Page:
upcycle

FREE Summer Breezy Shorts Pattern for Boys!

For many of you, summer is starting to wind down. Here in Wisconsin, though, this is the time of year that keeps us going all winter long. So we are living it up outside as much as we can! My boys have been pretty rough on their wardrobes this summer – and have grown a LOT. So they were in need of some new play and sleep shorts. This FREE pattern, The Summer Breeze Shorts, is perfect for both! It’s a really quick sew (those are kind of my jam, in case you’re new here), and it’s also great for upcycling old pants!
My boys love to wear comfortable pants that they can move around in when they’re playing outside. They want to be able to jump, play basketball, and climb trees. But they’re also at the age where they don’t want little kid pajamas anymore (I can’t talk about it… I’m in denial that they’re that old). They love pants and shorts that double as lounge wear or pajamas, and these shorts fit the bill. Depending on the fabric you use, they can easily be sleep shorts, play shorts, athletic shorts… whatever your kiddos need!

These shorts are drafted for boys, but you may find them appropriate for your girls as well. For the pants above, the black pair is upcycled from a pair of my husband’s old athletic pants (I reused the waistband and pockets) and the grey pair is made from sweatshirt fleece. They are made to be a little more relaxed fit, longer shorts.

Materials:

  • knit, athletic fabric, sweatshirt fleece, french terry
  • 1inch non-roll elastic
  • sewing machine, thread, etc.

You can download your FREE copy of the Summer Breeze Shorts in my Facebook Group. The instructions will remain here on my blog. The layout of the pattern pieces is shown below:

Let’s Sew!

1. Cut out two front and two back pieces of your fabric. Put one front and one back piece right sides together. Sew down the long side and sew up the inseam (as shown by the pink lines). Repeat with the second leg.

2. Put one leg inside the other, right sides together. Sew along the crotch seam (shown in the picture not sewn).

3. Measure your child’s waist to determine elastic length. I used 1in. elastic, but if yours is slightly bigger, you will be just fine. Sew the ends together so it forms a circle.

4. I use a coverstitch for my waistbands, so I simply fold the waistband down over the elastic circle and sew the raw edge down. Do not sew over the elastic. You could also serge the edge of your fabric and sew it down with a stretch stitch for a similar effect. See the next photo for what to do if you don’t have a coverstitch.

If you don’t have a coverstitch, you could use a double needle or simply fold the raw edge under, pin in place, and sew the fabric in place. Do not sew over the elastic.

*You could also create a casing in the fabric and insert your elastic, but I much prefer to sew waistbands like this.

5. Hem your cuffs with about an inch hem (I recommend trying them on your child first).
So easy and Summer Breezy!!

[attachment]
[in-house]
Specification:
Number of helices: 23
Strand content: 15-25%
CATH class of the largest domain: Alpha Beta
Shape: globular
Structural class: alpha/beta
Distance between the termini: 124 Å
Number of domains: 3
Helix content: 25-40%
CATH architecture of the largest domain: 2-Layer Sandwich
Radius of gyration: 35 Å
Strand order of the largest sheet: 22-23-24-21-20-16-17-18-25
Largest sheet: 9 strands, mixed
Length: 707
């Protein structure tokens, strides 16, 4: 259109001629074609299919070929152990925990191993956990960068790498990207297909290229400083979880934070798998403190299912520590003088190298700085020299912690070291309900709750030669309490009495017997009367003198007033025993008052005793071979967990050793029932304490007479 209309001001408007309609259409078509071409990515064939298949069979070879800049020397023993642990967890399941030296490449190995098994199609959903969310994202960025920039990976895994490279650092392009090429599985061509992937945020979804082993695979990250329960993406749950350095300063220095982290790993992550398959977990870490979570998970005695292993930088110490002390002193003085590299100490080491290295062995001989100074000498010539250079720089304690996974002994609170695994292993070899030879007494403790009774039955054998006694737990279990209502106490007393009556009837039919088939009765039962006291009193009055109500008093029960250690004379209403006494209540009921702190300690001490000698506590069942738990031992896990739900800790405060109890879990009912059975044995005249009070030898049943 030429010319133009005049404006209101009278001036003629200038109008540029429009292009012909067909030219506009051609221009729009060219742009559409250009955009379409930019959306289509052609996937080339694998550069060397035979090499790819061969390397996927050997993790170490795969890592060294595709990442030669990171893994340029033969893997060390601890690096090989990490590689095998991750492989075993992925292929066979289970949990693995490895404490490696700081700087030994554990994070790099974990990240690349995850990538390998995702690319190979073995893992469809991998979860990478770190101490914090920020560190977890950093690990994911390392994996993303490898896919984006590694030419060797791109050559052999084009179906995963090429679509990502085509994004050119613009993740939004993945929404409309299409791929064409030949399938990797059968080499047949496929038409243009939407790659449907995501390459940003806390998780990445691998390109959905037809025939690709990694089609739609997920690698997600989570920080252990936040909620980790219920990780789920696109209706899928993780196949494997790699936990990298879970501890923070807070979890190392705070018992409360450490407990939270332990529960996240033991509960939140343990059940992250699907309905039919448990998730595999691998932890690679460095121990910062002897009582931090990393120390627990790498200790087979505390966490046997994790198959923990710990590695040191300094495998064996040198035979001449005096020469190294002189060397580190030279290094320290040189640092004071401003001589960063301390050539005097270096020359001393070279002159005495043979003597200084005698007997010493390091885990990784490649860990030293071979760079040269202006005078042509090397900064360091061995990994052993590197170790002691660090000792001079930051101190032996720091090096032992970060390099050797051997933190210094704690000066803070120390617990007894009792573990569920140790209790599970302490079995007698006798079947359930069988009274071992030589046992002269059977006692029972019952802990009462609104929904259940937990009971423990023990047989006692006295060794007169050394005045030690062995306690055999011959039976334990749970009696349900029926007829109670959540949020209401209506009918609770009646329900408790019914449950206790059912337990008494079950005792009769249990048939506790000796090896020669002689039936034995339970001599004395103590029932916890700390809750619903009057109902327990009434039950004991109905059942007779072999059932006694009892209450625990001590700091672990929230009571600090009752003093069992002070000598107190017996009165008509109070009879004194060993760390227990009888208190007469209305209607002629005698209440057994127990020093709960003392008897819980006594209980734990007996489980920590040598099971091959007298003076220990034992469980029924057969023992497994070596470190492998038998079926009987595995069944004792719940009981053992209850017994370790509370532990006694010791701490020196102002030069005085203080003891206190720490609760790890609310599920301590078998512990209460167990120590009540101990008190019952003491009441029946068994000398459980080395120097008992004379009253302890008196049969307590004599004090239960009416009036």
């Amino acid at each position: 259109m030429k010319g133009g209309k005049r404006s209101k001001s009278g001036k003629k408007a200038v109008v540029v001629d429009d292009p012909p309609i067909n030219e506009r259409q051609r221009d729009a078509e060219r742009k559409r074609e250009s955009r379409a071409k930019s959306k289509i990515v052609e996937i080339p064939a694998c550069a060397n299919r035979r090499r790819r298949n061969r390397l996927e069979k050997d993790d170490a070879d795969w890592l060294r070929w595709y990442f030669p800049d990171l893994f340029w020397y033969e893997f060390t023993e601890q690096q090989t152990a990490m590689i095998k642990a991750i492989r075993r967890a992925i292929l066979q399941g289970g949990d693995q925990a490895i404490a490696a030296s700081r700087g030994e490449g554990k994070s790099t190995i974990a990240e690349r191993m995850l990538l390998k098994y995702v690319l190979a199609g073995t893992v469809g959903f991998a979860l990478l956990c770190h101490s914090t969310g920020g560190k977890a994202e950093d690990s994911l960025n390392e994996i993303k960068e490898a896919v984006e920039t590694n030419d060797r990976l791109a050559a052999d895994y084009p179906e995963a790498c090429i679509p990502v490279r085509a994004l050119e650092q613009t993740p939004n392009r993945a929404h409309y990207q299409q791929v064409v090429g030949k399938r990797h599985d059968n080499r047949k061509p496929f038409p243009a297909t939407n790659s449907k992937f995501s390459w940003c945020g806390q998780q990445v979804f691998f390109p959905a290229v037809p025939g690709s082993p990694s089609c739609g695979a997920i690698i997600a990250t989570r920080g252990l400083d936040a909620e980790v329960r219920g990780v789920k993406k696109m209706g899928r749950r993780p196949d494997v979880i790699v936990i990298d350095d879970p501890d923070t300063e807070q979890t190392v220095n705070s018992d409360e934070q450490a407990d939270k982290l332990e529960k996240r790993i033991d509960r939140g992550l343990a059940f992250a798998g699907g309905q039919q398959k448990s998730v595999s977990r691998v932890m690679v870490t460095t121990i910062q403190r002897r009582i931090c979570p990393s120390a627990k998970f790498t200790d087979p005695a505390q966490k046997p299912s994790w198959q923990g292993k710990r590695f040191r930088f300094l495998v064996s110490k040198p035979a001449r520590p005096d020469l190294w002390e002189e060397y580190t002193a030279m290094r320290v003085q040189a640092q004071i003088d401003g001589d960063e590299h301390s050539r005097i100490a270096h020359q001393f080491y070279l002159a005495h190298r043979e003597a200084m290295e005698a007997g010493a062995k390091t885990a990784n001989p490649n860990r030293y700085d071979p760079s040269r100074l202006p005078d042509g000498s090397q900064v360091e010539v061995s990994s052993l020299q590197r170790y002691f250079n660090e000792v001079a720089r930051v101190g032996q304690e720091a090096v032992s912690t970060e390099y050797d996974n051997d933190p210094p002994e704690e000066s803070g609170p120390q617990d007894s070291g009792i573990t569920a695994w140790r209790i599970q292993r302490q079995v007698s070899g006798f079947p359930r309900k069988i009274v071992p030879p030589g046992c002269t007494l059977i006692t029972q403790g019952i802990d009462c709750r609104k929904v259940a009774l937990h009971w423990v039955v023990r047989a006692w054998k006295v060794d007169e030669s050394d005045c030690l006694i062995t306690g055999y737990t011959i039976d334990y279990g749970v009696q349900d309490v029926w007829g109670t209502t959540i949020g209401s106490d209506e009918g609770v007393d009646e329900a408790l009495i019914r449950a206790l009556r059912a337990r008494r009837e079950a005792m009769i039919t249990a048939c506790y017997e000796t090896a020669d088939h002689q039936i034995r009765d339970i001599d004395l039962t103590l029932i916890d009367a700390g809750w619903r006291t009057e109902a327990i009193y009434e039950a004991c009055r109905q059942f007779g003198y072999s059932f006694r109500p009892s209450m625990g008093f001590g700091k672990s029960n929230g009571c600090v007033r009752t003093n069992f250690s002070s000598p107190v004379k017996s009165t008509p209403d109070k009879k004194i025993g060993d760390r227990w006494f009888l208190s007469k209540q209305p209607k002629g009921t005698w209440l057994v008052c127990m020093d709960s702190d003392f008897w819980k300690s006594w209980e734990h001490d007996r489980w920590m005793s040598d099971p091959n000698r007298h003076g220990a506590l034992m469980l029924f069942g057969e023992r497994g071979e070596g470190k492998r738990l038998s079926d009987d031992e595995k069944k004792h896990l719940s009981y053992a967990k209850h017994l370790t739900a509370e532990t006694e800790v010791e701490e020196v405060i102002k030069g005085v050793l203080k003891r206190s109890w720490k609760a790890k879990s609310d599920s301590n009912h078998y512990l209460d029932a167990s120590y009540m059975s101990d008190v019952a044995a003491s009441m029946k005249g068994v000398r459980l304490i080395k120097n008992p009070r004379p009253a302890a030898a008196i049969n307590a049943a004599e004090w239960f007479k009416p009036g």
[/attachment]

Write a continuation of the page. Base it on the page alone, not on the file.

Like I said, these are perfect for jumping. Ready, set…

…GO!

Don’t forget to head over to my Facebook Group to download the free pattern! This pattern would pair perfectly with the free Surfer Tank pattern, so grab that one if you don’t have it yet. 

This post was part of the Summer Fun series hosted by Emily of Life Sew Savory. I love this series, and it was so fun to be a part of it again! You can see the fun pool noodle boats I made for this series two years ago here!

Be sure to check out all the other summer fun posts over at Life Sew Savory!

Handmade Fish Toss Game by Patchwork Posse

Kids Hat Pattern/Tutorial Round Up – Made by Sara

Cute Dolls – Sprouting Jube Jube

Ruffle Knit Play Dress – Bonnie and Blithe

Cactus Cross Stitch by Story Piece

Free Boys Shorts Pattern by If Only They Would Nap

Travel Tic Tac Toe – Straight Stitch Designs

Dollhouse Rag Rug – Once Upon a Sewing Machine

 

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10 Skirt Refashion Tutorials for Skirting the Issue

July is such a great month for wearing skirts! They’re perfect for summer, easy to throw on after a day at the beach, and they can take you from the pool to date night with a quick accessory change. The lovely ladies at Simple Simon and Co. have an amazing series that they put together every July called Skirting the Issue. You can read all about it over on their site, but they spend the month gathering tutorials for skirts, pillowcases, and quilts. Then everyone who participates sews something to donate to kids in foster care! I love this idea so, SO much. This year I’ve collected 10 tutorials for refashioning skirts out of other materials, everything from shirts to dresses to pants! Most of these are super easy to sew and would be great for re-using materials that have gone unloved or even some of those XXL garments you find on the super clearance racks!

1.Dress to Skirt

This is one of my favorite upcycles that I did a long time ago! I took a thrifted dress that never fit on top and turned it into a skirt in just a few minutes.

2. T-Shirt to Skirt

This awesome tutorial from my girl Melissa at Sew Like My Mom is quick and can be for girls or women. The best part is that it’s so comfy because it doesn’t have an elastic waistband!